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Egypt seeks to seize Mubarak's assets abroad

By Ernesto Londono
Washington Post Foreign Service
Monday, February 21, 2011; 8:46 PM

CAIRO - Egypt's top prosecutor on Monday asked the Foreign Ministry to seek help from foreign governments to seize ousted president Hosni Mubarak's assets, Egyptian state media reported.

Public prosecutor Abdel Magid Mahmud said the request will also cover assets in the name of Mubarak's wife, Suzanne, his sons Alaa and Gamal, and their wives.

The move appeared to be an attempt to appease demonstrators who forced Mubarak to step down Feb. 11, after 18 days of street protests. One of the protesters' top demands has been holding the former president accountable for what they call widespread graft and corruption.

It is unclear how much money Mubarak and his relatives have abroad. Switzerland announced shortly after Mubarak's ouster that it would freeze his assets there as well as those belonging to "parties close to him."

An unnamed legal representative speaking on Mubarak's behalf was quoted in state media Sunday saying reports that the former leader has several billion dollars abroad are "groundless."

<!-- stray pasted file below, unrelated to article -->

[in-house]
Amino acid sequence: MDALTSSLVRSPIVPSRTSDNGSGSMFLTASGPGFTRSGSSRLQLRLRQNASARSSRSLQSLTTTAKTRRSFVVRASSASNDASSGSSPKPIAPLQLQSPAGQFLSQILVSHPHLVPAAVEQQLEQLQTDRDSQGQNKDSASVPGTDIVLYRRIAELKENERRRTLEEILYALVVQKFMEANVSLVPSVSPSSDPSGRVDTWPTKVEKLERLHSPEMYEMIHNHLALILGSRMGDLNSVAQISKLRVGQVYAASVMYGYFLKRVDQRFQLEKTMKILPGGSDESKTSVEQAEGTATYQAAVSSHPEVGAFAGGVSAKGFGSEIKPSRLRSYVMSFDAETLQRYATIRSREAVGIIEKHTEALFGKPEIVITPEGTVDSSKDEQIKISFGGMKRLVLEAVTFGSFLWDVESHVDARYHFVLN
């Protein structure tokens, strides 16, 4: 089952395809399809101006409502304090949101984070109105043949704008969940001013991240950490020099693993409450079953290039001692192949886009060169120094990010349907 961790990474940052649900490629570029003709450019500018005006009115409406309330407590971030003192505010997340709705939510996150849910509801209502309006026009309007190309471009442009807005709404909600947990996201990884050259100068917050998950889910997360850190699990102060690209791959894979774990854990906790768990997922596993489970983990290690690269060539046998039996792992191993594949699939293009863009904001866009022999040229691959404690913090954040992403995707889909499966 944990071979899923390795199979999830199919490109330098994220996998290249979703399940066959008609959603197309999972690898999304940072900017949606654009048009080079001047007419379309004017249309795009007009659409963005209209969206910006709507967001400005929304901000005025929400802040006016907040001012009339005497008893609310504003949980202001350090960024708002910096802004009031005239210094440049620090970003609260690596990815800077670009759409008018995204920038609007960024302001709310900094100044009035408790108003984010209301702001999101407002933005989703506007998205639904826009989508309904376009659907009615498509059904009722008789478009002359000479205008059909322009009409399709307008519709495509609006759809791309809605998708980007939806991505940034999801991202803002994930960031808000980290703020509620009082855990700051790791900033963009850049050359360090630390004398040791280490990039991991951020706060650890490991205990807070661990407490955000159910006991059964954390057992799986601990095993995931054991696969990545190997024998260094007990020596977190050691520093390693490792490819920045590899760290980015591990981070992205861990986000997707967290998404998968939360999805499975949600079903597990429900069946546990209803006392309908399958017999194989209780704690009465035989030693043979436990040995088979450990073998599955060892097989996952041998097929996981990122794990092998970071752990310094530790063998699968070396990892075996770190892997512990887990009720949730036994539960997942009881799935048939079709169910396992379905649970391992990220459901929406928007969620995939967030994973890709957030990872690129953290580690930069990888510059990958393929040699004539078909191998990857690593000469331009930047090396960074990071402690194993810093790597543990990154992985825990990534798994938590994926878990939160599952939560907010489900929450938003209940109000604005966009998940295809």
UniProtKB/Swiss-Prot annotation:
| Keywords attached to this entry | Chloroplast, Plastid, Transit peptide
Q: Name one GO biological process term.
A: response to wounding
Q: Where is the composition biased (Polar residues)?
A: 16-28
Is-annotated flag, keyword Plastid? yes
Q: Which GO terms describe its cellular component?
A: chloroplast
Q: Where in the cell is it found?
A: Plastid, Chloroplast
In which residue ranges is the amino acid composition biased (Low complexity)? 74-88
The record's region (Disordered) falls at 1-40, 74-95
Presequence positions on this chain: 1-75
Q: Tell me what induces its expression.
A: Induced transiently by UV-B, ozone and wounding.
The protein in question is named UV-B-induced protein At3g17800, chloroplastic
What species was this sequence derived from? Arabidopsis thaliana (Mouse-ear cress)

Since the country's military chiefs forced him to step down, Mubarak has reportedly been in the coastal town of Sharm el-Sheikh on the Sinai Peninsula.

The country is being governed by the military council, which has vowed to hold fair elections in the fall. Demonstrators have largely welcomed the military's assumption of power, but protests have not stopped.

Activists say they will continue to press for the dismissal of ministers appointed by Mubarak, the repeal of an emergency law that allows the government to detain people indefinitely without judicial review, and the release of political prisoners.

The prosecutor's request came as British Prime Minister David Cameron arrived in Cairo on Monday to meet with the country's interim leaders.

The United States dispatched a senior diplomat to Cairo. Undersecretary for Political Affairs William J. Burns was scheduled to meet with government officials and civil society representatives, the State Department said.

"Americans deeply respected and admired what Egypt has already achieved, but we know that the road ahead is not going to be easy," Burns said, speaking at the Arab League in Cairo, according to a transcript released by the U.S. Embassy. "We also know that it's a road that can only be navigated by Egyptians themselves."

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